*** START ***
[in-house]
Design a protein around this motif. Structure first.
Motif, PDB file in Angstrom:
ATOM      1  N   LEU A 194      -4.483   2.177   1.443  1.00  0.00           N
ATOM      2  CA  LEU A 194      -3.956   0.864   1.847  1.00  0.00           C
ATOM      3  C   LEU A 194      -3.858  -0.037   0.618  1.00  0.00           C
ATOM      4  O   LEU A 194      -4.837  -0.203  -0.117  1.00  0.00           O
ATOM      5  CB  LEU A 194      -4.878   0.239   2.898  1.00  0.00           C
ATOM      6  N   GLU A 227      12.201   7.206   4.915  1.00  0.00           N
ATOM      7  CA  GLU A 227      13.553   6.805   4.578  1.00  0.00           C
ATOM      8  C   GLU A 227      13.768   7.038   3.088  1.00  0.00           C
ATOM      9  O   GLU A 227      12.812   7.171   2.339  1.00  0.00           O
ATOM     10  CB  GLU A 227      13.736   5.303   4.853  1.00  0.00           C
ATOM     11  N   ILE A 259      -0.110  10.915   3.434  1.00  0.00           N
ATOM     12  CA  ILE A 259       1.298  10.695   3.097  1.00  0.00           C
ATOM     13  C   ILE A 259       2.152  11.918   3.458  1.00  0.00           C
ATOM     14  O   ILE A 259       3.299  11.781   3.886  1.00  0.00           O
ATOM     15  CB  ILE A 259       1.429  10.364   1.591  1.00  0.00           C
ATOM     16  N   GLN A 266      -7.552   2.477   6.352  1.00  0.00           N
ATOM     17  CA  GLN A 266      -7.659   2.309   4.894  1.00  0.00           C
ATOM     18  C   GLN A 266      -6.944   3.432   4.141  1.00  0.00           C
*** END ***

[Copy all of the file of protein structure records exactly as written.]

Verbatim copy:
[in-house]
Design a protein around this motif. Structure first.
Motif, PDB file in Angstrom:
ATOM      1  N   LEU A 194      -4.483   2.177   1.443  1.00  0.00           N
ATOM      2  CA  LEU A 194      -3.956   0.864   1.847  1.00  0.00           C
ATOM      3  C   LEU A 194      -3.858  -0.037   0.618  1.00  0.00           C
ATOM      4  O   LEU A 194      -4.837  -0.203  -0.117  1.00  0.00           O
ATOM      5  CB  LEU A 194      -4.878   0.239   2.898  1.00  0.00           C
ATOM      6  N   GLU A 227      12.201   7.206   4.915  1.00  0.00           N
ATOM      7  CA  GLU A 227      13.553   6.805   4.578  1.00  0.00           C
ATOM      8  C   GLU A 227      13.768   7.038   3.088  1.00  0.00           C
ATOM      9  O   GLU A 227      12.812   7.171   2.339  1.00  0.00           O
ATOM     10  CB  GLU A 227      13.736   5.303   4.853  1.00  0.00           C
ATOM     11  N   ILE A 259      -0.110  10.915   3.434  1.00  0.00           N
ATOM     12  CA  ILE A 259       1.298  10.695   3.097  1.00  0.00           C
ATOM     13  C   ILE A 259       2.152  11.918   3.458  1.00  0.00           C
ATOM     14  O   ILE A 259       3.299  11.781   3.886  1.00  0.00           O
ATOM     15  CB  ILE A 259       1.429  10.364   1.591  1.00  0.00           C
ATOM     16  N   GLN A 266      -7.552   2.477   6.352  1.00  0.00           N
ATOM     17  CA  GLN A 266      -7.659   2.309   4.894  1.00  0.00           C
ATOM     18  C   GLN A 266      -6.944   3.432   4.141  1.00  0.00           C